Rule of Law

When acquittal appears likely, what does victory look like for Democrats in impeachment trial?

Democrats say that to protect the Constitution and the country against a future president trying to use a mob to remain in power, they must complete the second impeachment trial of Donald Trump.

But in a trial Democrats already know they are likely to lose, describing victory becomes more and more

Success for Democrats could mean doing the most damage possible to Trump’s chances of ever holding office again, tying Republicans to him and his actions, and then moving on, say impeachment experts and Democratic strategists.

The trial is expected to last just over a week. With a Senate divided equally along political lines, most people acknowledge that the road to 67 votes needed to convict Trump will be difficult. Forty-four of 50 Republicans voted Tuesday that the Senate trial is not constitutional, and few are signaling a willingness to change their minds and join Democrats in voting to convict Trump.

“Part of it is forcing [Republicans] to go on the record, letting their constituents know who they are … forcing them to go on the record for historical purposes,” said University of Missouri law professor and impeachment expert Frank Bowman. “The broader objective has to be to take a small step … to try to break the hold on the Republican Party of Trump and the people who have aligned themselves with him on this antidemocratic project.”

Rather than addressing the facts of the case, Republicans are lining up behind the argument that the Constitution does not allow a former president to be convicted.

House managers, meanwhile, are using video evidence, in part to appeal to the emotional nature of the case: the threat to senators, representatives, staff and police when the mob entered the Capitol; the fear many Americans felt watching it unfold in real time on their cellphone and television screens; and the dozens of people since arrested now claiming in court filings that they were following Trump’s exhortations.

“It’s forcing a choice,” said Chris Haynes, University of New Haven associate professor of political science and an expert on political framing, adding that Democrats are putting on record for Americans that Republicans either find Trump’s behavior reprehensible or they don’t. Democrats’ goal has to be “identifying for the American people who is standing with whom and for what,” Haynes said.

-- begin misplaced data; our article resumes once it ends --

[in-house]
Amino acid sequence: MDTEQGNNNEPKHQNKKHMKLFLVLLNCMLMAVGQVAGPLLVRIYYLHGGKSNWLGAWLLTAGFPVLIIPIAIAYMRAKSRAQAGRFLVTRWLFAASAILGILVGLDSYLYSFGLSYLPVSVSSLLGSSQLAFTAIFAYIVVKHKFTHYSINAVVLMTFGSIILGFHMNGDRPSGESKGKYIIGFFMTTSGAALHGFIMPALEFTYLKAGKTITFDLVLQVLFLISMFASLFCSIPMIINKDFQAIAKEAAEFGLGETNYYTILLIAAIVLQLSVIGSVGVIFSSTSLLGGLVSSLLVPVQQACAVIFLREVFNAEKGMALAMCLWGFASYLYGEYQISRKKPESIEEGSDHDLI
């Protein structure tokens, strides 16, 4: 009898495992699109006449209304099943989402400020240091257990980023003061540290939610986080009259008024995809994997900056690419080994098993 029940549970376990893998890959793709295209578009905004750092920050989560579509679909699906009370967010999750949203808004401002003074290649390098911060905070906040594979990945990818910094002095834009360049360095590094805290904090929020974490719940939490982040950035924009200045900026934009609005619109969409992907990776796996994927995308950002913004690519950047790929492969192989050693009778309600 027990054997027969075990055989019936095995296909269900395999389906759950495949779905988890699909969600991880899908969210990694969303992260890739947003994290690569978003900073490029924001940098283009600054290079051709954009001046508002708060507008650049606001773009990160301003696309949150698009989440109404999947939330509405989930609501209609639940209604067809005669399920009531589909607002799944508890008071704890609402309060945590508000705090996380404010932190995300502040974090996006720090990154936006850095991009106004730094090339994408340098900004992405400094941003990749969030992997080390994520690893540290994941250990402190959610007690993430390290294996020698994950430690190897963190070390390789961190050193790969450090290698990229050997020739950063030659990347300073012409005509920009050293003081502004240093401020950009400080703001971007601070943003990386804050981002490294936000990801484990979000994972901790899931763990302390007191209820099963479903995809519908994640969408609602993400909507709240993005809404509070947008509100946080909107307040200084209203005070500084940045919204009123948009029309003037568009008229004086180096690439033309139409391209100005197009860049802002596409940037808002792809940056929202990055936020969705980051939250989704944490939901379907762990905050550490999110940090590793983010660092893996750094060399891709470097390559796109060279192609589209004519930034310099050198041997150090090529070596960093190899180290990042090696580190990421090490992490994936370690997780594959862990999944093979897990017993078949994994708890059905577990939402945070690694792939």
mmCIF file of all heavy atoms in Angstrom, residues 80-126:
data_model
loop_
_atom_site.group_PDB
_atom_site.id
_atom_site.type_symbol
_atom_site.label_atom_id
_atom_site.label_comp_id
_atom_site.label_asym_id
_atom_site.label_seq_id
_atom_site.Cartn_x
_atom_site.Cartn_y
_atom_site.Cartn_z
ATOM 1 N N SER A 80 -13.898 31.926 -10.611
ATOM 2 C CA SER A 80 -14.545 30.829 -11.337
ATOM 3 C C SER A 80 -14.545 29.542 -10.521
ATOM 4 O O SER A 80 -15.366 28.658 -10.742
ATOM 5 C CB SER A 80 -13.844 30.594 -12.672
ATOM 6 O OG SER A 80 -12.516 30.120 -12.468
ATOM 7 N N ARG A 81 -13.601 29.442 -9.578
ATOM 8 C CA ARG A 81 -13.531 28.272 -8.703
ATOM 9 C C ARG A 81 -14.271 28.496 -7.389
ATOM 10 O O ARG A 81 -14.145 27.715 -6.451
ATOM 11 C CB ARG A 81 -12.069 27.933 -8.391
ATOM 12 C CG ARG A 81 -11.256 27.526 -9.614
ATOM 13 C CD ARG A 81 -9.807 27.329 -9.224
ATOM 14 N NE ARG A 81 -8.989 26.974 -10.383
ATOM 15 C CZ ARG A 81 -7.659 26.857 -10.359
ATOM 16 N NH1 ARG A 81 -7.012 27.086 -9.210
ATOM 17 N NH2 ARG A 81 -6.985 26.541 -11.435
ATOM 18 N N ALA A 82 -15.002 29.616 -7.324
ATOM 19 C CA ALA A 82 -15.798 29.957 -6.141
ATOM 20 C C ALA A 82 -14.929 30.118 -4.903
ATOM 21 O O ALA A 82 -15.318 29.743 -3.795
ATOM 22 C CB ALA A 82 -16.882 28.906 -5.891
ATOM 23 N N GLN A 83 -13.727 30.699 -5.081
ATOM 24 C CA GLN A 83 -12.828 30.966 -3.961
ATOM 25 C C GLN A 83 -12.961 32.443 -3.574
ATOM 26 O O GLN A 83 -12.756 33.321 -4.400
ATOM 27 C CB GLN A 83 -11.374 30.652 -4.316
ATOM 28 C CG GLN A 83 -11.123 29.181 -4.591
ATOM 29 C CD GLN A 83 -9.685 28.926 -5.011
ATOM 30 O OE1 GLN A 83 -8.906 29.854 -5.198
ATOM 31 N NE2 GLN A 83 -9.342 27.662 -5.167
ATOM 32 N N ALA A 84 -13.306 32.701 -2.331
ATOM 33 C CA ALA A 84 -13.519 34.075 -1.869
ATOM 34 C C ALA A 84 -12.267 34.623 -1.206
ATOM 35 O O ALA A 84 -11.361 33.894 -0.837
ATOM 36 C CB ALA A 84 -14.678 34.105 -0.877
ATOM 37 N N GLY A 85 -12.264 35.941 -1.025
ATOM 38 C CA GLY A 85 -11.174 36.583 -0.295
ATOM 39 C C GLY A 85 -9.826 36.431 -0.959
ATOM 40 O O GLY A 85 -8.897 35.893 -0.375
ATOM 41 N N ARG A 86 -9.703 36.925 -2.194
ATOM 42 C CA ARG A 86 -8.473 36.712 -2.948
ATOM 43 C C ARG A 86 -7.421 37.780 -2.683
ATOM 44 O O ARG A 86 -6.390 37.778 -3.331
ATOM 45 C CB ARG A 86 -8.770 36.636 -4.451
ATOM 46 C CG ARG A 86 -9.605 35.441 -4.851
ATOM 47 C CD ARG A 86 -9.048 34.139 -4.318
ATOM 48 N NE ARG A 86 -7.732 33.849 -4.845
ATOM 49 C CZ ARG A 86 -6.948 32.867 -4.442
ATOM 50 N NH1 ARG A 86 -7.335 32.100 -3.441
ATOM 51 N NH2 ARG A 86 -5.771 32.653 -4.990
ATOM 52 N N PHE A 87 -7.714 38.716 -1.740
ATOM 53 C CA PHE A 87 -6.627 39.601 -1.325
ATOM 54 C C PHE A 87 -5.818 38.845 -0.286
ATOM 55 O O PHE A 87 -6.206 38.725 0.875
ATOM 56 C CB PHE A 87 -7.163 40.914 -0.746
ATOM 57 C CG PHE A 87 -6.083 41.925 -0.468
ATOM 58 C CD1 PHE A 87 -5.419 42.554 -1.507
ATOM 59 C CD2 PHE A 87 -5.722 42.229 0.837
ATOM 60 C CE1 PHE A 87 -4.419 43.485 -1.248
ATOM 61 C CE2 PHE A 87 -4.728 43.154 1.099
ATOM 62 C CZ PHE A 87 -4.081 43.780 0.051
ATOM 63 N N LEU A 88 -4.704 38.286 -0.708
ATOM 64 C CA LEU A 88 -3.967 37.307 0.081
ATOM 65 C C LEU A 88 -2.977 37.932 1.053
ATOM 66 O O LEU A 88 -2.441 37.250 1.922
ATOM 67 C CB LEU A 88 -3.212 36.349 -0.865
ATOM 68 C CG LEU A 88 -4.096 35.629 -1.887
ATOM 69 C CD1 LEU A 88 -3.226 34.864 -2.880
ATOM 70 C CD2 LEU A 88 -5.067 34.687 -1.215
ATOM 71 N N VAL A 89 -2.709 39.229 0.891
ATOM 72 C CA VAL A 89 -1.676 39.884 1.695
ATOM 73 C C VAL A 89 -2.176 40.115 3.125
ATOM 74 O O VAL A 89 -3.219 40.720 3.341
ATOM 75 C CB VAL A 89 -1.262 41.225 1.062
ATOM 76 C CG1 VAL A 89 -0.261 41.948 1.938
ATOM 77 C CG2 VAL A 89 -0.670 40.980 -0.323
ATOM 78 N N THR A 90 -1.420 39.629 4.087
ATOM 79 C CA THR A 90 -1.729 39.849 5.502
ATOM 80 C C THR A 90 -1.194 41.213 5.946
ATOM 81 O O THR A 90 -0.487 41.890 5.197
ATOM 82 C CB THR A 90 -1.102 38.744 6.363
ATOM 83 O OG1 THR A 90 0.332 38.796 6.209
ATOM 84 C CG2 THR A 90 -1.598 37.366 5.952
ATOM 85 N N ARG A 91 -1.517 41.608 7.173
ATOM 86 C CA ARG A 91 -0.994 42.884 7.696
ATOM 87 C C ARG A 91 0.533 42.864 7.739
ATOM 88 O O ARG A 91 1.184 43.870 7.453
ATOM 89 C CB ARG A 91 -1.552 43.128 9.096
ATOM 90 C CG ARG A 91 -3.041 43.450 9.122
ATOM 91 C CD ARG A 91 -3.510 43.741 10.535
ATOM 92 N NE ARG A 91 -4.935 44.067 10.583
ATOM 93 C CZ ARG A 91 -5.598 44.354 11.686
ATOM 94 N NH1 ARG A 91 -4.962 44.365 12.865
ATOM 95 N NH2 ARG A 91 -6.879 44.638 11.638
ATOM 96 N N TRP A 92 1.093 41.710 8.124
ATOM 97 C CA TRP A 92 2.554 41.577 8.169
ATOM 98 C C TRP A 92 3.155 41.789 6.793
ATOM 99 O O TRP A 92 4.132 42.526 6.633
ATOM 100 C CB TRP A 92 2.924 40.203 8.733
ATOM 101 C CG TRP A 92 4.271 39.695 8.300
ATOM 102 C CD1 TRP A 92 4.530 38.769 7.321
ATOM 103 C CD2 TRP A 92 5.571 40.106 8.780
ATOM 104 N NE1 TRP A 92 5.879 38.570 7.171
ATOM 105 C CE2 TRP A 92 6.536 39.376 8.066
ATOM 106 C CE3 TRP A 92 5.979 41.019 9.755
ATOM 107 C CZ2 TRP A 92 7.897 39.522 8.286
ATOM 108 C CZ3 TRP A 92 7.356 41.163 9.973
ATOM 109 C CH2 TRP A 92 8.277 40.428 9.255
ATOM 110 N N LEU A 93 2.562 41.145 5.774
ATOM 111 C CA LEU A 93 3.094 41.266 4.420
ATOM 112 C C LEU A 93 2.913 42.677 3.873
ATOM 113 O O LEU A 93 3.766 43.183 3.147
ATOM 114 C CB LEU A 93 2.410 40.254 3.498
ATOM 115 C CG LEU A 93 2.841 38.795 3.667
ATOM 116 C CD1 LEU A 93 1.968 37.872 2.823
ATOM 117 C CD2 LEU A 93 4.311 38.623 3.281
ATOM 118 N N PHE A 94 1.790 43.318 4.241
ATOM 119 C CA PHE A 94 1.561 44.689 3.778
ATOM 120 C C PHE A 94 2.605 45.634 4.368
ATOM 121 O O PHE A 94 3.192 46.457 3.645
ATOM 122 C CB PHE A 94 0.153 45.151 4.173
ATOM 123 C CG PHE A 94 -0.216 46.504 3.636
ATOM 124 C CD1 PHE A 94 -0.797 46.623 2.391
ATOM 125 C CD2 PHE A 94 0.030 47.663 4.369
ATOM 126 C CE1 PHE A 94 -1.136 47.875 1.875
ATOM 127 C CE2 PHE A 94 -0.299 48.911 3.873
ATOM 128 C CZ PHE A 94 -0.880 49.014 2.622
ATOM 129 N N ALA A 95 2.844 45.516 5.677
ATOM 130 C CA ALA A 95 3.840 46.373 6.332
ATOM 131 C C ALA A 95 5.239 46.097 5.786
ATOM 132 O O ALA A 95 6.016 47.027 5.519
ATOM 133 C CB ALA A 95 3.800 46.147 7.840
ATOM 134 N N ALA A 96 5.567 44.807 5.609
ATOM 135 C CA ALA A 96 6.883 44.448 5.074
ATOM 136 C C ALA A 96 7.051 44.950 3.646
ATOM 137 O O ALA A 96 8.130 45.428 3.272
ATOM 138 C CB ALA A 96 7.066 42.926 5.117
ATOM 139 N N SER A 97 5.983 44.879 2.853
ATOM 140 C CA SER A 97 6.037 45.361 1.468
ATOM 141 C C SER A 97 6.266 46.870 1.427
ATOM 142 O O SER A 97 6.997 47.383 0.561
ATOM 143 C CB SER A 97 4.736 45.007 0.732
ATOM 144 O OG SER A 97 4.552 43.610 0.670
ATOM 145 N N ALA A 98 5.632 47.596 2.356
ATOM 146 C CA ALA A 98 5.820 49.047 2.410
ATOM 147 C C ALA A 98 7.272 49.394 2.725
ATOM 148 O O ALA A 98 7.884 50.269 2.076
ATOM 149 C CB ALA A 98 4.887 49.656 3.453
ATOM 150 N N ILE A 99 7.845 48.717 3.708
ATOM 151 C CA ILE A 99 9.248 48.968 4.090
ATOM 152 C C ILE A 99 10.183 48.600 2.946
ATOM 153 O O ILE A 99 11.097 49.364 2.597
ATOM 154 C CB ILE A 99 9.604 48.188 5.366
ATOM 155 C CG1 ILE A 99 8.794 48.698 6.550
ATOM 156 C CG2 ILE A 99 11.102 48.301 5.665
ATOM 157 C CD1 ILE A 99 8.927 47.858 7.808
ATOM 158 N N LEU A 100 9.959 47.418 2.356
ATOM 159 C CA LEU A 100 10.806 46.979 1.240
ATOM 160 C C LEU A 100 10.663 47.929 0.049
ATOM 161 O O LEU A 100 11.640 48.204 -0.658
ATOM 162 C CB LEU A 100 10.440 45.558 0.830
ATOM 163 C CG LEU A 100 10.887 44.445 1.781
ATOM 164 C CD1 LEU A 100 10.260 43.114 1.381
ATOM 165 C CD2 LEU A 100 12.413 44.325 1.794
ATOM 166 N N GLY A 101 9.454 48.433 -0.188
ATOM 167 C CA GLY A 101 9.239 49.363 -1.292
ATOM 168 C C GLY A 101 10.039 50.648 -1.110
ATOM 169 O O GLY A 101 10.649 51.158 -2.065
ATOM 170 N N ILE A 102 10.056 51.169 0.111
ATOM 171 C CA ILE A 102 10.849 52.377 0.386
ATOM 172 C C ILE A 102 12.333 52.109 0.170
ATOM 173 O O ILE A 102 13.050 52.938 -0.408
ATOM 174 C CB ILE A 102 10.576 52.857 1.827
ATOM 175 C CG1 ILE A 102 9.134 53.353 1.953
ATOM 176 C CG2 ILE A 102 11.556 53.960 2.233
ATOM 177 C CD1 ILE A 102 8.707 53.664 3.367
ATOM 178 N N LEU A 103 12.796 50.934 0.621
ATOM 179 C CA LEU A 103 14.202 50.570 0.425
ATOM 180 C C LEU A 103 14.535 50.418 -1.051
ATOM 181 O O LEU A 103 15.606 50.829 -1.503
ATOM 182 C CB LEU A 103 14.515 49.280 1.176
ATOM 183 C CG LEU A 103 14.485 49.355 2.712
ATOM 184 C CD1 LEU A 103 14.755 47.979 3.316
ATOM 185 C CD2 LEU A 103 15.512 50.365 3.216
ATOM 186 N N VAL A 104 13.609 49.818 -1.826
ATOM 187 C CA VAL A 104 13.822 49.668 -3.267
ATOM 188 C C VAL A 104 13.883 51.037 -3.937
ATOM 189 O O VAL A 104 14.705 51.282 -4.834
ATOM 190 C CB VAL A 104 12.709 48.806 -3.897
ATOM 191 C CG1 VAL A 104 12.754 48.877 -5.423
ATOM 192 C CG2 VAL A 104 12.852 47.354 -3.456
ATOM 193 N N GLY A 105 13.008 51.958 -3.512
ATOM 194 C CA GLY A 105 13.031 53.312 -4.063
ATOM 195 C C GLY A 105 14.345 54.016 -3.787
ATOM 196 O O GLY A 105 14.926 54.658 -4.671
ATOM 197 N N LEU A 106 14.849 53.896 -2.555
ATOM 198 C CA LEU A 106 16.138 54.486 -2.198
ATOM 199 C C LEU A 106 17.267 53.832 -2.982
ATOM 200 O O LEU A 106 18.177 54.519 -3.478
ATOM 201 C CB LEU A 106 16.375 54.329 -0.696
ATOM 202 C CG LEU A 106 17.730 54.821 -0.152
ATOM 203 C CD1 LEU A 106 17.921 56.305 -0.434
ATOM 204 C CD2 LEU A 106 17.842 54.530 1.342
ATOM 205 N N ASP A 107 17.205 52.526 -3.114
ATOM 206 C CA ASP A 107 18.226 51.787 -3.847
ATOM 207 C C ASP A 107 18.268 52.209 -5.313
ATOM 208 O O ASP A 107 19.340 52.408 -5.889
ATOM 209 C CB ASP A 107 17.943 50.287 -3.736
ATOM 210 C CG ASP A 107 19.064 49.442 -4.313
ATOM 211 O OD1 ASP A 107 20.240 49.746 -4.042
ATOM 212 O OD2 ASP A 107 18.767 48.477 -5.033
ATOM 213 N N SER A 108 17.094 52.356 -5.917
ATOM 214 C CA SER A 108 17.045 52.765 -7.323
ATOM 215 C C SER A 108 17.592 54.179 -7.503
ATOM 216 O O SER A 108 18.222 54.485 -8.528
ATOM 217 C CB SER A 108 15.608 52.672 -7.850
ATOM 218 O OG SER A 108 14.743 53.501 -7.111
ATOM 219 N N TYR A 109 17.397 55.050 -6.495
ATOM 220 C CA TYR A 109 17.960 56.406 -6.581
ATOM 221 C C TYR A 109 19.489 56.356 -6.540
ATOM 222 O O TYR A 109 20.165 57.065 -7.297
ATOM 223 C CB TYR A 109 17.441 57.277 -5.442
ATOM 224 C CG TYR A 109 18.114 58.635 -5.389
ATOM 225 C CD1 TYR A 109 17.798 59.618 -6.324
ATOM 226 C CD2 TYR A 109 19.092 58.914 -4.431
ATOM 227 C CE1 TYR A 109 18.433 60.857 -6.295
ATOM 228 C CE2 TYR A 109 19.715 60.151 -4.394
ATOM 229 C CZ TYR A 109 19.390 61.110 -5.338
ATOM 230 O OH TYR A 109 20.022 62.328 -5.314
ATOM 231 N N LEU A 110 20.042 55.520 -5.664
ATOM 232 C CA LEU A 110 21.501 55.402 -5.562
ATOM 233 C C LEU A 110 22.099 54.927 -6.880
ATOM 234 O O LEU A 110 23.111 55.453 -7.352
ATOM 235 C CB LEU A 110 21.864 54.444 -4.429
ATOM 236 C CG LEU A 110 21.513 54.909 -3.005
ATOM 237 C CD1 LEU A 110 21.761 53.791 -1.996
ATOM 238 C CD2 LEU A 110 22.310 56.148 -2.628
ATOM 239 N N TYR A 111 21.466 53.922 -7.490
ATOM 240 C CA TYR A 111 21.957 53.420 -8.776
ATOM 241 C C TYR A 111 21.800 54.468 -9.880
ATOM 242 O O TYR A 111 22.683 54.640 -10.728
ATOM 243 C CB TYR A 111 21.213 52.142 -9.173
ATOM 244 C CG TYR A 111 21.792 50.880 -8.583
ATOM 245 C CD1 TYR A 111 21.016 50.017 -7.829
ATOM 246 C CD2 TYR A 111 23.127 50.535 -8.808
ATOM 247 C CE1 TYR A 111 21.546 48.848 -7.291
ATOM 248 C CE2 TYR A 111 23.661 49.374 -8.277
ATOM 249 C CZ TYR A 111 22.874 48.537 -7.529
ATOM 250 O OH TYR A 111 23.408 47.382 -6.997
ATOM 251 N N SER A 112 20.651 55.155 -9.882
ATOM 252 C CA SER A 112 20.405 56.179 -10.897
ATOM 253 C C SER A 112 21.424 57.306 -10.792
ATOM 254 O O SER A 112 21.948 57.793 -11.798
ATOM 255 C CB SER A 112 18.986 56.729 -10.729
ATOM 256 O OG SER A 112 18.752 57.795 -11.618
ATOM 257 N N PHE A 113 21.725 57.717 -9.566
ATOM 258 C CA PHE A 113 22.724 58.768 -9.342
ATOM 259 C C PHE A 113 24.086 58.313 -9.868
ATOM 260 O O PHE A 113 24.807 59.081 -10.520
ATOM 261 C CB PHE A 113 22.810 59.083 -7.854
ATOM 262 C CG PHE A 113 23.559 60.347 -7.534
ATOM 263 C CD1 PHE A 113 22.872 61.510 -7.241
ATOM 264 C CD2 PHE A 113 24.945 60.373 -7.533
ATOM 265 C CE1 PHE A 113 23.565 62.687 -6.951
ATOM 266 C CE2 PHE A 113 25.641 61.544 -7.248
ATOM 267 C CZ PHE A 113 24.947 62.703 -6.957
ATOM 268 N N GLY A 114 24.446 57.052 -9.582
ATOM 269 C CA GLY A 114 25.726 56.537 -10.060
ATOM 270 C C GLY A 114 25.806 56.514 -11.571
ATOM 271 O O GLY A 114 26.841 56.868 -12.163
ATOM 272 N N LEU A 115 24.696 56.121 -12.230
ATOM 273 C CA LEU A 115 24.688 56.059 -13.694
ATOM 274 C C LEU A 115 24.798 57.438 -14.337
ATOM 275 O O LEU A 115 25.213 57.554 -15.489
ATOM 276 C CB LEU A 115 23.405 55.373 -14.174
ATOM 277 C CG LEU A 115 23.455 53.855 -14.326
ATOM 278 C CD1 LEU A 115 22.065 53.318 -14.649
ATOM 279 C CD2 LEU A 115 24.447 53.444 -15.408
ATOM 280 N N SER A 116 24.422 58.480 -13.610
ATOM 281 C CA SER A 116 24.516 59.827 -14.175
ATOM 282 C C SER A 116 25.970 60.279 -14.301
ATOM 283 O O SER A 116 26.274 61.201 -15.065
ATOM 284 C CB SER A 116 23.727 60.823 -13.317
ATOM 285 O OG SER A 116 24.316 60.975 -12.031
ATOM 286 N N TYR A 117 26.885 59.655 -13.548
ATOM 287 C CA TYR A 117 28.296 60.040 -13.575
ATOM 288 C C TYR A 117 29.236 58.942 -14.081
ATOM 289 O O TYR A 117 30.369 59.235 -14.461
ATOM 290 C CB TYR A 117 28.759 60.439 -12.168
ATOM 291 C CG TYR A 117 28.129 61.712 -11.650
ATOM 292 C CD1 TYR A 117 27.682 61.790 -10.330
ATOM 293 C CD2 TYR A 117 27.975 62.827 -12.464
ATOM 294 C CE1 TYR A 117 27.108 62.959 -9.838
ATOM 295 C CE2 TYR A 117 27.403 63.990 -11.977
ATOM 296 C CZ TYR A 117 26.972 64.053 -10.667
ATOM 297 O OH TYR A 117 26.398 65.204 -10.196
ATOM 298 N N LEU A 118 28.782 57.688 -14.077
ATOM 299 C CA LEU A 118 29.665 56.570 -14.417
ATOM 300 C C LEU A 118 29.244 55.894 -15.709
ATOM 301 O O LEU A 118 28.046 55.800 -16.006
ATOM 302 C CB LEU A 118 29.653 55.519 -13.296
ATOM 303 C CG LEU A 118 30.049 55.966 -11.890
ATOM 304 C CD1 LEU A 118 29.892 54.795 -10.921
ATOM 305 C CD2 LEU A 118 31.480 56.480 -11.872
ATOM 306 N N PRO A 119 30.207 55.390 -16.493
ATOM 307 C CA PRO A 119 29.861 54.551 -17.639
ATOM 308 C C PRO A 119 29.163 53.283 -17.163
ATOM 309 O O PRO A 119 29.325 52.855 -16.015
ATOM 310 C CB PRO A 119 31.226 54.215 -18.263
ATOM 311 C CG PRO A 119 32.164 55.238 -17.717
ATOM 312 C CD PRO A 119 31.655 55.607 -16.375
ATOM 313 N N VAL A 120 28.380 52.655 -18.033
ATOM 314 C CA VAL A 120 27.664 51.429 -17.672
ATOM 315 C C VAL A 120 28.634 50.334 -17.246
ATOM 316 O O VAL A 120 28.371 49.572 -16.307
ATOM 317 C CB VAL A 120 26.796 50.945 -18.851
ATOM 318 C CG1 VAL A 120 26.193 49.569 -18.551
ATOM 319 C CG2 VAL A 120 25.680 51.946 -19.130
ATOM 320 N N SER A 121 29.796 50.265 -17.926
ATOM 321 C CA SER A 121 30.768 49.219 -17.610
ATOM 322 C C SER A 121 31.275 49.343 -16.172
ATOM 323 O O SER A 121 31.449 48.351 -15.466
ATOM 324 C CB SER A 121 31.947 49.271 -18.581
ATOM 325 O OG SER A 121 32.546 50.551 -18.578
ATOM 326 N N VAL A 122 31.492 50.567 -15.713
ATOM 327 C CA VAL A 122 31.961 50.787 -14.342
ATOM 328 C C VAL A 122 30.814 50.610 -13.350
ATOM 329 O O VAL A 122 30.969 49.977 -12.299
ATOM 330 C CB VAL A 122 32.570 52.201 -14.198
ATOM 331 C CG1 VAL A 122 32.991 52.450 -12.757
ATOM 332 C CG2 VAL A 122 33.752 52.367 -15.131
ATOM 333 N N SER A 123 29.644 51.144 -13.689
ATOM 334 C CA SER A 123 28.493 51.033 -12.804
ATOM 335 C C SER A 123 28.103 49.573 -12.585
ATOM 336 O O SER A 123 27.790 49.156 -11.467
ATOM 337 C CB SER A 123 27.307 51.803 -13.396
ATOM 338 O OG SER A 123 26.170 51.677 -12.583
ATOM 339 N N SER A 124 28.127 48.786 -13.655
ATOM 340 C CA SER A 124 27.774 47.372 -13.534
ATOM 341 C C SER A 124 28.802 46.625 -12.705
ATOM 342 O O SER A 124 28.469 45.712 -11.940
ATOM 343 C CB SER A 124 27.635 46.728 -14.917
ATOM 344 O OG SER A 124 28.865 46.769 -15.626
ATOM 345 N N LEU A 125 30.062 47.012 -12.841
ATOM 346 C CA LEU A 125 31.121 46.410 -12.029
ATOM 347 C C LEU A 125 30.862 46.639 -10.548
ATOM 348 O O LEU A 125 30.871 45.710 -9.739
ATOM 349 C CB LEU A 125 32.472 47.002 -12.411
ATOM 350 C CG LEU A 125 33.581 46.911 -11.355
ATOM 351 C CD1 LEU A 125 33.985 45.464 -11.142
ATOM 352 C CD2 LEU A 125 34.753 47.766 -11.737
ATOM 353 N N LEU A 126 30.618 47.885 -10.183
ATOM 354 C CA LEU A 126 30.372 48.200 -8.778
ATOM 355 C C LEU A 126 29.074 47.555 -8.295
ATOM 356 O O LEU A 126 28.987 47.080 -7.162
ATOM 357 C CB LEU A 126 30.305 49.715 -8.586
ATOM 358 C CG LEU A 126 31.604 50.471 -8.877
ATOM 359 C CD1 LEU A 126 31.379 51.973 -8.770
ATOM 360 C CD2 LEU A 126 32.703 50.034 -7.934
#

For Democrats, the trial may be the best chance to convince Americans that Trump and Republicans have sided with extremists, Democratic strategists said.

Talking about politics at the height of the trial is delicate. Trump’s lawyers and Republicans have accused Democrats of using impeachment to continue a vendetta against a man no longer in power. House managers have contended that the impeachment is not about politics.

“Some people think this trial is a contest of lawyers, or even worse, a competition between political parties. It’s neither. It is a moment of truth for America,” lead House impeachment manager Rep. Jamie Raskin (D-Md.) said Wednesday.

To drive the point of the impeachment trial home for Americans, House Democrats are focusing on the overall threat to democracy — that a sitting president provoked a violent mob to stop the ceremonial counting by Congress of electoral college votes for the first time in history, said Elizabeth Wydra, president of progressive think tank Constitutional Accountability Center.

“We can’t just gloss over that. One of the tasks that will be before the House managers will be to shake the American people,” Wydra said. “That is extraordinary. And if it’s going to be hard to get a bunch of Republican senators to vote to convict, that is extraordinary.”

Even if Trump is acquitted, Democrats can use the trial to tie Republicans to Trump and to the Jan. 6 riot in voters’ minds, Haynes said.

Some GOP lawmakers see such a strategy already in play.

“I do think that a lot of that drama is to perhaps influence our constituents to influence us. But senators are, you know, pretty analytical, as a matter of just a profession, so it doesn’t affect me in terms of how I feel about the president’s culpability. That’s what’s on trial,” Sen. Kevin Cramer (R-N.D.) told reporters Wednesday.

So far, House managers have cast singular blame on Trump for inciting the riot. They have avoided blaming Republicans, including some of the jurors, for amplifying for months the false assertions that widespread voter fraud changed the results of the 2020 election.

Multiple strategists and constitutional experts said that may not be the smartest approach. Even if House managers go out of their way to avoid alienating GOP senators who are also jurors, it probably won’t change any Republican votes at the end of the day.

“Democrats need to make it into a black-and-white issue. The more they try to water it down and make it bipartisan, the more gray seeps in,” Haynes said. “I don’t think the payoff is that great.”

In the end, there may be little political downside for Democrats in losing the trial. Public opinion polls don’t show that voters blame Democrats for pushing the impeachment, and support for Republicans has waned somewhat.

Democrats are leaning heavily on the idea that they have a moral obligation to press forward.

“If we were not to follow up with this, we might as well remove any penalty from the Constitution of impeachment. Just take it out,” House Speaker Nancy Pelosi (D-San Francisco) told reporters.